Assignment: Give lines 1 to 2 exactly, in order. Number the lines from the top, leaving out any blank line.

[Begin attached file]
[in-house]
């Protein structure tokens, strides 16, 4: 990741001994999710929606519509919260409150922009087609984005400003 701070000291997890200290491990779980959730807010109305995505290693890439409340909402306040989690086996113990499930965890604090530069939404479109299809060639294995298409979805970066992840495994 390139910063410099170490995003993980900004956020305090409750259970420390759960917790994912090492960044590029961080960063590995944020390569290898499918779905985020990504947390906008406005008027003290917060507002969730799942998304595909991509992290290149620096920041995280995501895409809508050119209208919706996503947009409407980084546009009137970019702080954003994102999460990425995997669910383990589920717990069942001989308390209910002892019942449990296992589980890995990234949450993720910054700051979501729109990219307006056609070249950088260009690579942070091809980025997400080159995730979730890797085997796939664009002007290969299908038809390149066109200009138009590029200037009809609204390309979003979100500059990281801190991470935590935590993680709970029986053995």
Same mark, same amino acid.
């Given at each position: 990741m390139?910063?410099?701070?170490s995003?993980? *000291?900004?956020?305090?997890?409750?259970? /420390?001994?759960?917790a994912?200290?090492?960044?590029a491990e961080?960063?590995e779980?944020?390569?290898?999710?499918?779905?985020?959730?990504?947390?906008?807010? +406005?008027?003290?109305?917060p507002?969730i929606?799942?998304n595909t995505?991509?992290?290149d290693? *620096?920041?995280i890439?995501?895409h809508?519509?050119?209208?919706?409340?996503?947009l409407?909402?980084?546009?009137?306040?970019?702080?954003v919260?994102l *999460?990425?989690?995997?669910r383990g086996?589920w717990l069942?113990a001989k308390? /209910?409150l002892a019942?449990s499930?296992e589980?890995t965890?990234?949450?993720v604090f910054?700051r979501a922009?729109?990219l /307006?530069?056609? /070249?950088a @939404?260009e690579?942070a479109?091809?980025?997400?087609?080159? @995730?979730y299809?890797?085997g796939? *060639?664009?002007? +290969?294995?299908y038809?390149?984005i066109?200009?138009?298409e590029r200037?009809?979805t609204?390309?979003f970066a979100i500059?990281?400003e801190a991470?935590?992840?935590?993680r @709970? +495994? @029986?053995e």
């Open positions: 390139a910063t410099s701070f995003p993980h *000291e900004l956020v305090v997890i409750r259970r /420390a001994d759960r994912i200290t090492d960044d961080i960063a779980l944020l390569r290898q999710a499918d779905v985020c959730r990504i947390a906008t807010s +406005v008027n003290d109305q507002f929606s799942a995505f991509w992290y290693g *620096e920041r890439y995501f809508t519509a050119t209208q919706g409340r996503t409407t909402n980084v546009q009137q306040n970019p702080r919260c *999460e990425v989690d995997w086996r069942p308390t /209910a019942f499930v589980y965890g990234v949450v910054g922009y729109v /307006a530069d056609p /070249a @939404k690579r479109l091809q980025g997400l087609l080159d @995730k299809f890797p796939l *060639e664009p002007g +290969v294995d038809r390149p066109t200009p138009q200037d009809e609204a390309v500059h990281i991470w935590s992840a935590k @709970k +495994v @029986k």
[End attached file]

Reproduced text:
[in-house]
């Protein structure tokens, strides 16, 4: 990741001994999710929606519509919260409150922009087609984005400003 701070000291997890200290491990779980959730807010109305995505290693890439409340909402306040989690086996113990499930965890604090530069939404479109299809060639294995298409979805970066992840495994 390139910063410099170490995003993980900004956020305090409750259970420390759960917790994912090492960044590029961080960063590995944020390569290898499918779905985020990504947390906008406005008027003290917060507002969730799942998304595909991509992290290149620096920041995280995501895409809508050119209208919706996503947009409407980084546009009137970019702080954003994102999460990425995997669910383990589920717990069942001989308390209910002892019942449990296992589980890995990234949450993720910054700051979501729109990219307006056609070249950088260009690579942070091809980025997400080159995730979730890797085997796939664009002007290969299908038809390149066109200009138009590029200037009809609204390309979003979100500059990281801190991470935590935590993680709970029986053995």